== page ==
Cllr David Fothergill, health and social care spokesperson for the County Councils Network, said:
“This year, we could finally see the government’s long-awaited proposals for reforming care services in England. This must set out a long-term funding solution but also be clear over who is best placed to deliver services for the most vulnerable in our communities.
“The evidence presented in this report is compelling: only councils, who know their populations and their providers, have the means to deliver improved social care services to keep people independent for longer. Social care is best delivered as a local service and local authorities have the connection to their communities to truly transform local care for the better.
“This report recognises that if government finally delivers sustainable funding for councils, we can work with health partners and care providers to deliver improved commissioning and financial benefits which could be reinvested in local services.
“In exchange for more funding and local decision making over services, a new co-designed performance framework could also help provide reassurance to government that these improvements are being met.”
Daniel Sperrin, director at Newton said:
“Through our experience we know that delivering adult social care is complex and multi-faceted. Crucially, it must recognise the local place and communities in which it operates.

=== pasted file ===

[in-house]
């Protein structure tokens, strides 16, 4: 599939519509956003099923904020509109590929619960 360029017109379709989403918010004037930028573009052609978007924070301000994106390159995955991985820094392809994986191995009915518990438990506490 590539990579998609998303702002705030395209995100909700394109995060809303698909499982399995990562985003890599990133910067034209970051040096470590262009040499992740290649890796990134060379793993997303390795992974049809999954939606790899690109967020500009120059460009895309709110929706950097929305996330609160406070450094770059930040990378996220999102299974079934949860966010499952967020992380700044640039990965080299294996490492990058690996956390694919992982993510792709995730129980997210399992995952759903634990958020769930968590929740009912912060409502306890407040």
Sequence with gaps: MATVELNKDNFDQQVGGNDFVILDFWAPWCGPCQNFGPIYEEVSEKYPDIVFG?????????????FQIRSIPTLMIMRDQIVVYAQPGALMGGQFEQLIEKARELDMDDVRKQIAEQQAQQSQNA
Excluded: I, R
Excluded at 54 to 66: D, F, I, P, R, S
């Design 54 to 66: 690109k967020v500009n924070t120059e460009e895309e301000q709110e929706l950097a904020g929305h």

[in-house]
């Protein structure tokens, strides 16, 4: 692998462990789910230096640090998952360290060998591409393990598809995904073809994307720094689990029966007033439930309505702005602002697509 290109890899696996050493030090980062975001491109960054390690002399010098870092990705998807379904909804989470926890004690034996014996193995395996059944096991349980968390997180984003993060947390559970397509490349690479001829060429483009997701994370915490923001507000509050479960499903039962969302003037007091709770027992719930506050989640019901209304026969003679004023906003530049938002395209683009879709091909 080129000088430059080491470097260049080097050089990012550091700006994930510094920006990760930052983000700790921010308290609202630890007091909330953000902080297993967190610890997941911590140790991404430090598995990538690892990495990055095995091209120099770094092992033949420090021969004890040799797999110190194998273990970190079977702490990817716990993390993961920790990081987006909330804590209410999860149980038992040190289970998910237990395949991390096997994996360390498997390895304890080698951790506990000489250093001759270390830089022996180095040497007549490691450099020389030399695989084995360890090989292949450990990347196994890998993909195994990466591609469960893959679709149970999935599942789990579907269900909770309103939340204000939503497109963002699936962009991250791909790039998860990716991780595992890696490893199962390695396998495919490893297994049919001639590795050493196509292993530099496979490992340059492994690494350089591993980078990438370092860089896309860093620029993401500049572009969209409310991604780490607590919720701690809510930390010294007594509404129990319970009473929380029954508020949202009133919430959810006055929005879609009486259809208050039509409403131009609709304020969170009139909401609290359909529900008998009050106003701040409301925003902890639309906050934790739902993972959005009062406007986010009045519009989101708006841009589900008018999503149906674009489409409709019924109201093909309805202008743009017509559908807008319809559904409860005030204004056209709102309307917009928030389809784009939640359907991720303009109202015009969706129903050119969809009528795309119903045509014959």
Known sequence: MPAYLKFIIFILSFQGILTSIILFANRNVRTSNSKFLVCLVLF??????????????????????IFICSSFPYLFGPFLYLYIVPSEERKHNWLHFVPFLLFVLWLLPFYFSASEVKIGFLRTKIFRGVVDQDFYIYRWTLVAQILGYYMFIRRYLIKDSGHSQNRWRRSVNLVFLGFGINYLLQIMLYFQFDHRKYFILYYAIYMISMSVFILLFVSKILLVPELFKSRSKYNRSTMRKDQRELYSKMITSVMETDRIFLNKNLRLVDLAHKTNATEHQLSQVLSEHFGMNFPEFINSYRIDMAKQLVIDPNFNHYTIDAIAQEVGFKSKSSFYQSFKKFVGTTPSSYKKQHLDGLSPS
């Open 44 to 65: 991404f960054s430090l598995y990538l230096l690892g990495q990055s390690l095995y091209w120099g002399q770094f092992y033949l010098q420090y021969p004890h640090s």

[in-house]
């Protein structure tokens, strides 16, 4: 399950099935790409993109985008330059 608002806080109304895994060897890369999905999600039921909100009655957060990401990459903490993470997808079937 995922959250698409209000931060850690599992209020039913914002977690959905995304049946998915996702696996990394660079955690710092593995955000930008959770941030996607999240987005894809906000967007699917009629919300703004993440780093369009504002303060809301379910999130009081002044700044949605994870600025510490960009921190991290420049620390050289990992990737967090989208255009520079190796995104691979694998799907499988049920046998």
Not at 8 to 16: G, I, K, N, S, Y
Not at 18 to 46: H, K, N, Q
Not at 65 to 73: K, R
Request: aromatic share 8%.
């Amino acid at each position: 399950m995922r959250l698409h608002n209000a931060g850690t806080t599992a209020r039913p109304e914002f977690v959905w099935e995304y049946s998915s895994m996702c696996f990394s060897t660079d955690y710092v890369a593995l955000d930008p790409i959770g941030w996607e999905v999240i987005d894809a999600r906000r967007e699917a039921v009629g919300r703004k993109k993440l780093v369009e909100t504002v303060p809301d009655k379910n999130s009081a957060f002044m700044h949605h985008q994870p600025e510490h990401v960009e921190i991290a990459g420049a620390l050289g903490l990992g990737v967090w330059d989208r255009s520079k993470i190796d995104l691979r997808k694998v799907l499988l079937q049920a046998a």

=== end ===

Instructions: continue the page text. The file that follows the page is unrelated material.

“To create the optimised model, we have engaged with over 150 individuals – including those working in the delivery of social care – but also health leaders; providers of care; policy colleagues, digital experts; and crucially those with lived experience of social care.
“Each of their valuable contributions has resulted in the model described in the report, which we hope will offer leaders both locally and nationally the opportunity to consider their role in creating a future for adult social care which enables all individuals to live their best lives.”
Rachael Shimmin, social care lead for the Association of County Chief Executives added:
“Built on a shared understanding of the values and beliefs that should underpin our social care system, and an extensive new evidence base, Newton’s report provides a blueprint for how we can restart the debate on the future of adult social care.
“The Coronavirus pandemic has shone a light on the multiple challenges facing our social care system, but it has also bought with it a renewed emphasis on partnership and collaboration with health and care providers.
“It is this spirit of collaboration and improvement in which the future model of social care must be focused. This means retaining the critical role that councils play at the heart of the local care system, but most importantly, working with partners to enable people to live more independently for longer.
“We look forward to engaging government and the wider sector in exploring and implementing its findings over the coming period.”